Conventional insurance has elements that are forbidden in Islam, but mutual schemes are possible both as insurance and reinsurance. Rodziah Zainudin explains the system of takaful and retakaful.
Conventional insurance schemes have elements that are forbidden in Islam (discussed below). Islamic insurance is the only facility designed with the needs of Muslims in mind, but the national and international Islamic insurance industry is underdeveloped despite increasing demands by the public and private sectors.Takaful is a noun stemming from the Arabic verb kafal, meaning to take care of one's needs. Takaful embodies the principle of mutual help, co-operation and shared responsibility. It describes the practice whereby participants in a group agree to jointly guarantee themselves against loss or damage. The damage may be inflicted upon them or the result of an accident, as defined in the insurance contract. If any member or participants suffer a catastrophe or disaster, he would receive a certain sum of money or financial benefit from a fund, also as defined in the insurance contract, to help him to meet the loss or damage.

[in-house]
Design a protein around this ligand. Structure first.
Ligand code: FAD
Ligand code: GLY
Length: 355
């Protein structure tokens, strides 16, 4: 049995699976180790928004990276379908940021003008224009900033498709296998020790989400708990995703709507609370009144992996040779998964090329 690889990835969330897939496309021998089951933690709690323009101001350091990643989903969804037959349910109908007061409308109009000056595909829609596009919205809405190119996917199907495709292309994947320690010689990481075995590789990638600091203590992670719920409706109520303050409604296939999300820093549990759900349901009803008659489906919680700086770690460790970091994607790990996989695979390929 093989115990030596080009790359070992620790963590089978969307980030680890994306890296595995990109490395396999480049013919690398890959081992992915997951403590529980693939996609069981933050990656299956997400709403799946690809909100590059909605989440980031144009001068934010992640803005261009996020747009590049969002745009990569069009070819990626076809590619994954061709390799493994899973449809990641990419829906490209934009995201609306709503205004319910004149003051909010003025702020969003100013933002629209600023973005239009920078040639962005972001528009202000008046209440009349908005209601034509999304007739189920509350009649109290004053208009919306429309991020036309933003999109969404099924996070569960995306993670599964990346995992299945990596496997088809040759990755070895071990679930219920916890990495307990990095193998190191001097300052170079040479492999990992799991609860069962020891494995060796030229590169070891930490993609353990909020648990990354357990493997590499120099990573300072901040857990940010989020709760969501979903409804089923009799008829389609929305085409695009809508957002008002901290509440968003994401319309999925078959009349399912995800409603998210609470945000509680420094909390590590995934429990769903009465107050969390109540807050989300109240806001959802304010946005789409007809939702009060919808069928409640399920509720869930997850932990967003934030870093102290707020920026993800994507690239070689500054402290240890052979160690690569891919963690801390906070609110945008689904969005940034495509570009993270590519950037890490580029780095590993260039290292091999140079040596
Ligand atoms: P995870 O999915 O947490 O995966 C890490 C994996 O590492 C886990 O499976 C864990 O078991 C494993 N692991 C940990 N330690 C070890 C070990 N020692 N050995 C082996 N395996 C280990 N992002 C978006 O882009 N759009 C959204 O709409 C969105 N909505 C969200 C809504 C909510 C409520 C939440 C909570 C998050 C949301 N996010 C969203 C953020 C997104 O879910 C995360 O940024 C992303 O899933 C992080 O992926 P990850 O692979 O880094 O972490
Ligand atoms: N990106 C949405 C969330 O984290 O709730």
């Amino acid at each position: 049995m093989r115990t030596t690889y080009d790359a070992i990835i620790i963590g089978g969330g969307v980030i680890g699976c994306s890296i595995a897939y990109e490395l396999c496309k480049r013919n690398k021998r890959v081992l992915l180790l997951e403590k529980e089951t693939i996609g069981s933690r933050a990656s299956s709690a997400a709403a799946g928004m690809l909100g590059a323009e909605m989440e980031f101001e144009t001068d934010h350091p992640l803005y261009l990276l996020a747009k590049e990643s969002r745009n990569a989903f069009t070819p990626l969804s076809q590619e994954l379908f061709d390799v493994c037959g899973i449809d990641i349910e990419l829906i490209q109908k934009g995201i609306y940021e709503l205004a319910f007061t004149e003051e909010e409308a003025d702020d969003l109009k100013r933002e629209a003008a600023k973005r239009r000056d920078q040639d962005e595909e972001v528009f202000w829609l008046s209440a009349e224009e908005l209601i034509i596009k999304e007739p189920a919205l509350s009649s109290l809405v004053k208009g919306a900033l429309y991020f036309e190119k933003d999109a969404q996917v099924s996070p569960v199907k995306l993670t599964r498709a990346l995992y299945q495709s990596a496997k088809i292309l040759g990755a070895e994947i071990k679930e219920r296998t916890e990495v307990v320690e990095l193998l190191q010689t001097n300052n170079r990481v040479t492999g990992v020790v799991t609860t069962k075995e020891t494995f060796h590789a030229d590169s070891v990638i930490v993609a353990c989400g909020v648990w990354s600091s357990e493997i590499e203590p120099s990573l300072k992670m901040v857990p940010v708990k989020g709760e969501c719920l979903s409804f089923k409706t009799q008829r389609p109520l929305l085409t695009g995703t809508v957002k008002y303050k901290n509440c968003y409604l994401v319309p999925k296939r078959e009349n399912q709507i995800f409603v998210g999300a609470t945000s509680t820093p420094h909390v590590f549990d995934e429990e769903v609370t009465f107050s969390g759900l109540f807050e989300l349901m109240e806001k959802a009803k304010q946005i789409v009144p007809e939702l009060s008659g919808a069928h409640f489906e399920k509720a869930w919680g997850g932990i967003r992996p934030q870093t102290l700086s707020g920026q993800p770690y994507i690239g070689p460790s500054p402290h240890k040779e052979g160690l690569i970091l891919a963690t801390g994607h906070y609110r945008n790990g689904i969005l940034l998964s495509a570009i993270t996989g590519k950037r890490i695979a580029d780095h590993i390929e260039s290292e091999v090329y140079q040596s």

Essentially, the concept of takaful is based on solidarity, responsibility and brotherhood among members where participants agree to share defined losses to be paid out of defined assets. This is similar to mutual insurance as was practised in the early days of insurance and even today by certain groups.Malaysia, as a forerunner of the Islamic insurance industry in Asia, became the first country to regulate the takaful industry with the introduction of the Takaful Act, 1984. In most other countries, takaful operators are controlled by their respective authorities under the same law, if any, as that which supervises and regulates conventional insurance.
The first known takaful operator is the Islamic Insurance Co Ltd, Sudan (1979). Syarikat Takaful Malaysia Berhad (1984) was the first registered takaful operator in Malaysia and ASEAN. With the continuing surge of commitment to revive the Islamic way of life, more takaful and retakaful operators are setting up worldwide.We have seen how Islamic banking business developed throughout the world and not only in Islamic countries. In Malaysia, most domestic conventional banks are now offering “interest-free” banking and Islamic banking products. Many projects including national projects are financed through Islamic financing. Irrespective of the religion of the proprietor, many businesses are benefiting from Islamic funding.